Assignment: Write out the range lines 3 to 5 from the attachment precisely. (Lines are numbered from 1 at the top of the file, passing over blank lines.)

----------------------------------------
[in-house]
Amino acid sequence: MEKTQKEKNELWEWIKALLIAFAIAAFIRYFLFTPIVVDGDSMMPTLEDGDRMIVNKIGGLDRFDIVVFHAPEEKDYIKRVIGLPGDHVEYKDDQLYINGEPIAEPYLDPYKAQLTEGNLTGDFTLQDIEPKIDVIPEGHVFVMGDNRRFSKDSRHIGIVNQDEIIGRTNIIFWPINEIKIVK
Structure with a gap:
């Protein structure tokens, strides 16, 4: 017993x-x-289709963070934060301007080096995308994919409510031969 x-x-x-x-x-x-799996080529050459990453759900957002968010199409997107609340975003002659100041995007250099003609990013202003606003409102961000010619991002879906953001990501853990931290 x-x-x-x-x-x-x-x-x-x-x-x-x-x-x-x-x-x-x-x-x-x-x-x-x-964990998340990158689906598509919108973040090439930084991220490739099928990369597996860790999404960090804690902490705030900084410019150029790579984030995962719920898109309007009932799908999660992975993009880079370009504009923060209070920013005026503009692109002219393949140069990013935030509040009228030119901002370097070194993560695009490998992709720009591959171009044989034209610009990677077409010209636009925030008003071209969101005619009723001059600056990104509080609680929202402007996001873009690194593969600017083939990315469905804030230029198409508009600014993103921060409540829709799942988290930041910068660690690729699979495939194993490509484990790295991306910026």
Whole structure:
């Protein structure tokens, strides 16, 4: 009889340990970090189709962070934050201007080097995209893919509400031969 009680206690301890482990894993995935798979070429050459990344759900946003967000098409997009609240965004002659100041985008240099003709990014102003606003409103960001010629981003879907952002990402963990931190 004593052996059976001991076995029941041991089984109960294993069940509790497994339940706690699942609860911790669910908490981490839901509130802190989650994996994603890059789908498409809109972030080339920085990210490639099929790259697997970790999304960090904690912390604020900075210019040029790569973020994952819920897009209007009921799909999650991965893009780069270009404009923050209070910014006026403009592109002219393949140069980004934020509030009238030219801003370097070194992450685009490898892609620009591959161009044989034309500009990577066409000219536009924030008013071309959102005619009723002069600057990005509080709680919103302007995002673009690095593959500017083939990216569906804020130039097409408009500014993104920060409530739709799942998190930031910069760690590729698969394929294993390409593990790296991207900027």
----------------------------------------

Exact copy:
Structure with a gap:
């Protein structure tokens, strides 16, 4: 017993x-x-289709963070934060301007080096995308994919409510031969 x-x-x-x-x-x-799996080529050459990453759900957002968010199409997107609340975003002659100041995007250099003609990013202003606003409102961000010619991002879906953001990501853990931290 x-x-x-x-x-x-x-x-x-x-x-x-x-x-x-x-x-x-x-x-x-x-x-x-x-964990998340990158689906598509919108973040090439930084991220490739099928990369597996860790999404960090804690902490705030900084410019150029790579984030995962719920898109309007009932799908999660992975993009880079370009504009923060209070920013005026503009692109002219393949140069990013935030509040009228030119901002370097070194993560695009490998992709720009591959171009044989034209610009990677077409010209636009925030008003071209969101005619009723001059600056990104509080609680929202402007996001873009690194593969600017083939990315469905804030230029198409508009600014993103921060409540829709799942988290930041910068660690690729699979495939194993490509484990790295991306910026």
Whole structure: